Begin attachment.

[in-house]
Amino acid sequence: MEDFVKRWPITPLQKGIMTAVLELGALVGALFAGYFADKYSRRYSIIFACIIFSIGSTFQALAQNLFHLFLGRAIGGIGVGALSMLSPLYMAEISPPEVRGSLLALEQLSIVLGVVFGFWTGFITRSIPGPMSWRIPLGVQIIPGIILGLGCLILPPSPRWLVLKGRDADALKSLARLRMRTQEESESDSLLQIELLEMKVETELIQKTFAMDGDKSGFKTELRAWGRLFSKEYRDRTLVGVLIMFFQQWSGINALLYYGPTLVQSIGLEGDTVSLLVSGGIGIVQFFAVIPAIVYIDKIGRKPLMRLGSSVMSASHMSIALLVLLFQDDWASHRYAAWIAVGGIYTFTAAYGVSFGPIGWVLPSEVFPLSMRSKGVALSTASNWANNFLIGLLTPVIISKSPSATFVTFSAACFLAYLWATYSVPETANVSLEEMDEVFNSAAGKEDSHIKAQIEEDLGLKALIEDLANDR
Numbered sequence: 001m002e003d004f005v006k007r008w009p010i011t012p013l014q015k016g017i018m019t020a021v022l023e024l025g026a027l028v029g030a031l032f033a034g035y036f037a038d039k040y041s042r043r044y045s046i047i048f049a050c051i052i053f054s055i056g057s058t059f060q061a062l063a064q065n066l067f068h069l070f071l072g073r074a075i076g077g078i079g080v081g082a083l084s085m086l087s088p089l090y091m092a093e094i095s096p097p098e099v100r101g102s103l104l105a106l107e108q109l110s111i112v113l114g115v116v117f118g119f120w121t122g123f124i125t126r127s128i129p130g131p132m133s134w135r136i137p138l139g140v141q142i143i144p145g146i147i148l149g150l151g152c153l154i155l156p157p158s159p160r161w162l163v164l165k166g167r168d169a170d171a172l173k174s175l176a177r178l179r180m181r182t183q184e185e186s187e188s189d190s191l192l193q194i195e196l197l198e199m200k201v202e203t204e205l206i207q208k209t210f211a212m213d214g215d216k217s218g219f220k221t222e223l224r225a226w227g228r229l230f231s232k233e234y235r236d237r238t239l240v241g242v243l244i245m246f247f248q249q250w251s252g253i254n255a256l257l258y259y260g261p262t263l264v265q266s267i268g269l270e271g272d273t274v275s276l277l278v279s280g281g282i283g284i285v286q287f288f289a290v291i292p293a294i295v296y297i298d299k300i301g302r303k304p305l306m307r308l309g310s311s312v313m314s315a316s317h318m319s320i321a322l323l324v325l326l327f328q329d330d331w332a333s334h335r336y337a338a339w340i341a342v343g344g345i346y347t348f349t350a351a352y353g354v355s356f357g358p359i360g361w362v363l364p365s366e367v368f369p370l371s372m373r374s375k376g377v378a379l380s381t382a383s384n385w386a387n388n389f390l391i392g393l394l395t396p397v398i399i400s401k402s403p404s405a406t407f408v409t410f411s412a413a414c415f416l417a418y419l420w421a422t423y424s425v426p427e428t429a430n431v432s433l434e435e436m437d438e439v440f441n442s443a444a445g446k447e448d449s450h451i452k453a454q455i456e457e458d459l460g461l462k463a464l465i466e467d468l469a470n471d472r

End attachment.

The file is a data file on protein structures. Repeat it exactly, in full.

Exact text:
[in-house]
Amino acid sequence: MEDFVKRWPITPLQKGIMTAVLELGALVGALFAGYFADKYSRRYSIIFACIIFSIGSTFQALAQNLFHLFLGRAIGGIGVGALSMLSPLYMAEISPPEVRGSLLALEQLSIVLGVVFGFWTGFITRSIPGPMSWRIPLGVQIIPGIILGLGCLILPPSPRWLVLKGRDADALKSLARLRMRTQEESESDSLLQIELLEMKVETELIQKTFAMDGDKSGFKTELRAWGRLFSKEYRDRTLVGVLIMFFQQWSGINALLYYGPTLVQSIGLEGDTVSLLVSGGIGIVQFFAVIPAIVYIDKIGRKPLMRLGSSVMSASHMSIALLVLLFQDDWASHRYAAWIAVGGIYTFTAAYGVSFGPIGWVLPSEVFPLSMRSKGVALSTASNWANNFLIGLLTPVIISKSPSATFVTFSAACFLAYLWATYSVPETANVSLEEMDEVFNSAAGKEDSHIKAQIEEDLGLKALIEDLANDR
Numbered sequence: 001m002e003d004f005v006k007r008w009p010i011t012p013l014q015k016g017i018m019t020a021v022l023e024l025g026a027l028v029g030a031l032f033a034g035y036f037a038d039k040y041s042r043r044y045s046i047i048f049a050c051i052i053f054s055i056g057s058t059f060q061a062l063a064q065n066l067f068h069l070f071l072g073r074a075i076g077g078i079g080v081g082a083l084s085m086l087s088p089l090y091m092a093e094i095s096p097p098e099v100r101g102s103l104l105a106l107e108q109l110s111i112v113l114g115v116v117f118g119f120w121t122g123f124i125t126r127s128i129p130g131p132m133s134w135r136i137p138l139g140v141q142i143i144p145g146i147i148l149g150l151g152c153l154i155l156p157p158s159p160r161w162l163v164l165k166g167r168d169a170d171a172l173k174s175l176a177r178l179r180m181r182t183q184e185e186s187e188s189d190s191l192l193q194i195e196l197l198e199m200k201v202e203t204e205l206i207q208k209t210f211a212m213d214g215d216k217s218g219f220k221t222e223l224r225a226w227g228r229l230f231s232k233e234y235r236d237r238t239l240v241g242v243l244i245m246f247f248q249q250w251s252g253i254n255a256l257l258y259y260g261p262t263l264v265q266s267i268g269l270e271g272d273t274v275s276l277l278v279s280g281g282i283g284i285v286q287f288f289a290v291i292p293a294i295v296y297i298d299k300i301g302r303k304p305l306m307r308l309g310s311s312v313m314s315a316s317h318m319s320i321a322l323l324v325l326l327f328q329d330d331w332a333s334h335r336y337a338a339w340i341a342v343g344g345i346y347t348f349t350a351a352y353g354v355s356f357g358p359i360g361w362v363l364p365s366e367v368f369p370l371s372m373r374s375k376g377v378a379l380s381t382a383s384n385w386a387n388n389f390l391i392g393l394l395t396p397v398i399i400s401k402s403p404s405a406t407f408v409t410f411s412a413a414c415f416l417a418y419l420w421a422t423y424s425v426p427e428t429a430n431v432s433l434e435e436m437d438e439v440f441n442s443a444a445g446k447e448d449s450h451i452k453a454q455i456e457e458d459l460g461l462k463a464l465i466e467d468l469a470n471d472r